What to Expect During Your IUD Removal

At some point, you will have to get your intrauterine device (IUD) removed. If you're nervous about the removal procedure, keep in mind that it is often easier, less painful, and quicker than an IUD insertion.

What to expect during an iud removal.

Emily Roberts / Verywell

This article will cover why someone may want to have their IUD removed. It will also explain what happens during the IUD removal procedure, as well as potential complications.

Why Should You Have Your IUD Removed?

IUDs have expiration dates and each brand must be removed after a certain amount of time. Not removing it on schedule means that your birth control may not be as effective.

If you do get pregnant with an IUD, it can lead to pregnancy-related complications such as infection and pregnancy loss.

When an IUD needs to be removed depends on the type you have:

  • Skyla will last a maximum of three years.
  • Kyleena will last for up to five years.
  • Liletta will last up to six years.
  • Mirena will last up to seven years.
  • ParaGard IUD will last up to 12 years.

Other reasons for having an IUD removed include:

  • Trying to get pregnant
  • Experiencing side effects that you can no longer deal with
  • Having an infection or another complication, like your IUD has moved out of its proper position

How Do I Prepare for IUD Removal?

An IUD can be removed at any time. That being said, it may be a little easier to remove an IUD during your period. This is because your cervix, which is the lower part of the uterus that opens into the vagina, moves lower and widens a bit during this time.

Before picking the day for your appointment, think about whether you are at risk for becoming pregnant once your IUD is removed. Keep in mind that sperm can live inside a female's body for up to five days.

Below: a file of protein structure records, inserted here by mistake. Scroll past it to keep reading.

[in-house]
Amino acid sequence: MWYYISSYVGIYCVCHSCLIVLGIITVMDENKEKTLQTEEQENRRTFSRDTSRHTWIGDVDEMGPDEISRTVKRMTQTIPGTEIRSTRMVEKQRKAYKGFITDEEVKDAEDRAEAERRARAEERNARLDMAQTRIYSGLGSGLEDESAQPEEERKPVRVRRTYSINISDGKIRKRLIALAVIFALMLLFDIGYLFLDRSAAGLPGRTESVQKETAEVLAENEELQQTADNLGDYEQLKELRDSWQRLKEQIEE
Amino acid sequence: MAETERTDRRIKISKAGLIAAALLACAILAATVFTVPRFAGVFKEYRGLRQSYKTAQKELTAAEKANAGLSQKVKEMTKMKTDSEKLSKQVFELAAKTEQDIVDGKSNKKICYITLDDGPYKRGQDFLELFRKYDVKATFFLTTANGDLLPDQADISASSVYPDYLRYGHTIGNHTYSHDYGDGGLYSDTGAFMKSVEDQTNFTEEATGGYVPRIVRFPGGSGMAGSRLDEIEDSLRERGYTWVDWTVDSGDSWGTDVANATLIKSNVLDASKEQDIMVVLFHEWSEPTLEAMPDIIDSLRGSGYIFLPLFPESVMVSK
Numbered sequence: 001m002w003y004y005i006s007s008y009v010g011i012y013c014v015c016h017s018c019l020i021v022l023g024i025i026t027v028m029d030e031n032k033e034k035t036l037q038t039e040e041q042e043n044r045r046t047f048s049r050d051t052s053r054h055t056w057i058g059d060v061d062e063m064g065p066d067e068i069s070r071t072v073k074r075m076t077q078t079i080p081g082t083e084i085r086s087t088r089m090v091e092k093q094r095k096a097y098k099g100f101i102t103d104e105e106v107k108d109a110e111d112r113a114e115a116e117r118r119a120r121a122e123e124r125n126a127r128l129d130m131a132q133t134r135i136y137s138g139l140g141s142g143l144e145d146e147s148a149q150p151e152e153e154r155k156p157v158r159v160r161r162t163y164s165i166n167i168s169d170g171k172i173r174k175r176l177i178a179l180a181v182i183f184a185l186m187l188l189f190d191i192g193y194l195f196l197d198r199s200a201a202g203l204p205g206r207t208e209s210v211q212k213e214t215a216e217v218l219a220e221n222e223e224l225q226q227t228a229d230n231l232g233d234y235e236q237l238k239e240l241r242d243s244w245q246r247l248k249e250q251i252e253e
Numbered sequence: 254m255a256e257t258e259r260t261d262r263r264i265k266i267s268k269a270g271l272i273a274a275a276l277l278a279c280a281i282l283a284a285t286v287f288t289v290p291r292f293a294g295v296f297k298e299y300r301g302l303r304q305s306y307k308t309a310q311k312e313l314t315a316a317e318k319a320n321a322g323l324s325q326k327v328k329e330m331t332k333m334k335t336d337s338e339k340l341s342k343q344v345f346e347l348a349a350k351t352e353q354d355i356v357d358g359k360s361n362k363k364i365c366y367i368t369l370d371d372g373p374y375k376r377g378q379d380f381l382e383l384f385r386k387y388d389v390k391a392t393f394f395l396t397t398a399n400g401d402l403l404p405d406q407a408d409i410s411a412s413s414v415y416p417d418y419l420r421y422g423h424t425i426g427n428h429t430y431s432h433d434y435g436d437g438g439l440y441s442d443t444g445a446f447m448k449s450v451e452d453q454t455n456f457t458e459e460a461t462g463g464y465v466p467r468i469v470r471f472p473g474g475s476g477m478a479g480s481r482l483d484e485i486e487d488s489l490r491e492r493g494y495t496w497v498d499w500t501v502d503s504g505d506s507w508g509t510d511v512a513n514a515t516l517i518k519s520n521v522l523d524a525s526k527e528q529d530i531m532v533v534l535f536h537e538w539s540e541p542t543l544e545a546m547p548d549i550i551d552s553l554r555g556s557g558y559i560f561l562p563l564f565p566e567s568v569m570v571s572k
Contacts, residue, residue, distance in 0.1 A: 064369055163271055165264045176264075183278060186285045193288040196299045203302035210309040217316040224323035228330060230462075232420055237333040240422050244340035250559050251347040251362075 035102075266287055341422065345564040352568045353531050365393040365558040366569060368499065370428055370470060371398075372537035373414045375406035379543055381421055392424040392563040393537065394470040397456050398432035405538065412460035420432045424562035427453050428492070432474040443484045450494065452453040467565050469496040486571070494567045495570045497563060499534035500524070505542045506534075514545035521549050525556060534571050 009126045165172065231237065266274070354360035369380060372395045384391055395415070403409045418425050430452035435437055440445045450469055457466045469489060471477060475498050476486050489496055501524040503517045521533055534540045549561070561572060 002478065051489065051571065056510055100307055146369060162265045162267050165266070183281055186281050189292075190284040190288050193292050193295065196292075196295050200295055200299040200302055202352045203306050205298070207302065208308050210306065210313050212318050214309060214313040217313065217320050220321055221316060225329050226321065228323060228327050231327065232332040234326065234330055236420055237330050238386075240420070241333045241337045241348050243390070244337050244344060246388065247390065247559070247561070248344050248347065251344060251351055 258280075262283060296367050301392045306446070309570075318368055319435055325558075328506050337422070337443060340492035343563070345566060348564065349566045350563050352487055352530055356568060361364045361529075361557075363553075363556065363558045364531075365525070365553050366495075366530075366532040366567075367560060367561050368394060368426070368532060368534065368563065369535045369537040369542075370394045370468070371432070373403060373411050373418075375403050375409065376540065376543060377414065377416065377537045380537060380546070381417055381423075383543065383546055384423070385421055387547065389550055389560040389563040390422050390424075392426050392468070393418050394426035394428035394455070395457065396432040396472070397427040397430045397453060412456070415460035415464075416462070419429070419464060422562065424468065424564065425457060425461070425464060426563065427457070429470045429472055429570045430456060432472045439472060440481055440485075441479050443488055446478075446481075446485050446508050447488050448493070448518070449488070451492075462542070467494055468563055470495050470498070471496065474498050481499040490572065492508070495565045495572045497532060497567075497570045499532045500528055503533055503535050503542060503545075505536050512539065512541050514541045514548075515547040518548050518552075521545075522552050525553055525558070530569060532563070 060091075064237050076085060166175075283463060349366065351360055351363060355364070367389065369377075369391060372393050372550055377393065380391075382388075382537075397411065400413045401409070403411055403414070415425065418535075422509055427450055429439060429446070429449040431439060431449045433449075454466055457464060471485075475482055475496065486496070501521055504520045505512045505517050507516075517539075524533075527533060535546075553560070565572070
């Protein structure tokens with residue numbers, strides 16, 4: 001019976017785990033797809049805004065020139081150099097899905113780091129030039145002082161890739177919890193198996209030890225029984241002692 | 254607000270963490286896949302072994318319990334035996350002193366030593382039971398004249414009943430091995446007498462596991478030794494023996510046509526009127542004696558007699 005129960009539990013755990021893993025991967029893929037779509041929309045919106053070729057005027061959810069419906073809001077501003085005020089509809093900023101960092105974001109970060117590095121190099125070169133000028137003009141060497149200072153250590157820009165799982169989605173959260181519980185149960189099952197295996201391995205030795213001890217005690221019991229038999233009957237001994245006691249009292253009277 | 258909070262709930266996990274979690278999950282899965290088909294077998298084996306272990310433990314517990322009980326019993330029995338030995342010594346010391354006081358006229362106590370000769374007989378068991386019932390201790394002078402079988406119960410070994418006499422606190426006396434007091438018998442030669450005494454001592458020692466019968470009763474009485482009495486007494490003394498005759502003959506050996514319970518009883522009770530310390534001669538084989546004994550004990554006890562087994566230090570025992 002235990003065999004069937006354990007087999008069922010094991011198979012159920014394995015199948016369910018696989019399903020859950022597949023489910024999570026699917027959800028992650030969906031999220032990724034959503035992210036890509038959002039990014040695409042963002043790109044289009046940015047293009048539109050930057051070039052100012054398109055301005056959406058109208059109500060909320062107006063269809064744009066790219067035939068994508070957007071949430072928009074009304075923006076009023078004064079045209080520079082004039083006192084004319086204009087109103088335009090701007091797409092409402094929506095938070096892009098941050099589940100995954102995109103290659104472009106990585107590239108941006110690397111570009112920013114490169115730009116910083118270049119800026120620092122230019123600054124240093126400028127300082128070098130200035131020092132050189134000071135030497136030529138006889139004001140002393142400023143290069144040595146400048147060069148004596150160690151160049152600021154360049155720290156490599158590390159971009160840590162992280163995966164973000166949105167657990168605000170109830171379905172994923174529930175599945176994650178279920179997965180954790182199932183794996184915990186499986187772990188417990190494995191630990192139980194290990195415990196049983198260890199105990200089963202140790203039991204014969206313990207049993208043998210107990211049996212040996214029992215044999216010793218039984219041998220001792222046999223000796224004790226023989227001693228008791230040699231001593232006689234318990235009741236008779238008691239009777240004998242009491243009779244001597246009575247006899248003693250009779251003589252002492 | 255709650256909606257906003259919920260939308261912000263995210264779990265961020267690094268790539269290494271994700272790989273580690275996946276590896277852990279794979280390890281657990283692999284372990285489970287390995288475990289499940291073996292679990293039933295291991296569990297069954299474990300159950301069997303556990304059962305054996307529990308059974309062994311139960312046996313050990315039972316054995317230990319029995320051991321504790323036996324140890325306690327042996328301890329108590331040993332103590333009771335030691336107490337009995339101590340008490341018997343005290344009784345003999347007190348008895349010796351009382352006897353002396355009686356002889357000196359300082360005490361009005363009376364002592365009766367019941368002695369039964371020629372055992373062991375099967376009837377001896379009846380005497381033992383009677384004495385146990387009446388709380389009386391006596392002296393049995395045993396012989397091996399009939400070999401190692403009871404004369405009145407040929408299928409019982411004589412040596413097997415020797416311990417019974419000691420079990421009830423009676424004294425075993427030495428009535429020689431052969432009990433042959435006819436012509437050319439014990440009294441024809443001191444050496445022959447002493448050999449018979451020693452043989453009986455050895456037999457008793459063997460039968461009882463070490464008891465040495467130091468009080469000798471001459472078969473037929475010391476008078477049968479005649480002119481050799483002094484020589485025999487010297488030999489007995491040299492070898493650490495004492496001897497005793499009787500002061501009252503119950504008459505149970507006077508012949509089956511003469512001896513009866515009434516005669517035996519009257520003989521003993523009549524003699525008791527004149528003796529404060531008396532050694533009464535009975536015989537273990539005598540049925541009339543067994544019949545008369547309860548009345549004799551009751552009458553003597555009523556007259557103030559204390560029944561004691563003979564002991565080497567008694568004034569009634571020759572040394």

If you are trying to avoid getting pregnant, you should not have sex, unless you also use a condom or other non-hormonal birth control method, for at least one week before your IUD removal.

IUD Replacement

You can have a new IUD inserted immediately after your old IUD is removed. This can all be done in one office visit, as long as there are no complications.

What Happens During the IUD Removal Procedure?

Just like during your IUD insertion, your doctor may begin your IUD removal by figuring out the position of your uterus.

  1. An instrument, called a speculum, may be used to open up your vagina.
  2. Next, you can expect: Your doctor will look for your IUD strings.
  3. They will use a medical instrument, like an IUD hook or forceps, to grasp the IUD strings and slowly pull on them.
  4. The flexible arms of the IUD will fold up as the IUD slides through the opening of the cervix and out of your vagina.

This whole process generally takes a few minutes.


Your doctor will use a medical instrument to grasp the IUD strings. They will then pull the IUD through the opening of your cervix and out of your vagina. This should only take a few minutes.

Is IUD Removal Painful?

IUD removal may cause some pain and discomfort, but typically hurts less than insertion. Cramping may also occur during removal.

What Are the Complications of IUD Removal?

An IUD removal is usually a simple procedure. But, complications can occur.

IUD Strings Cannot Be Located

If your IUD strings are missing, it is most likely because they have moved up into the cervical canal or uterus.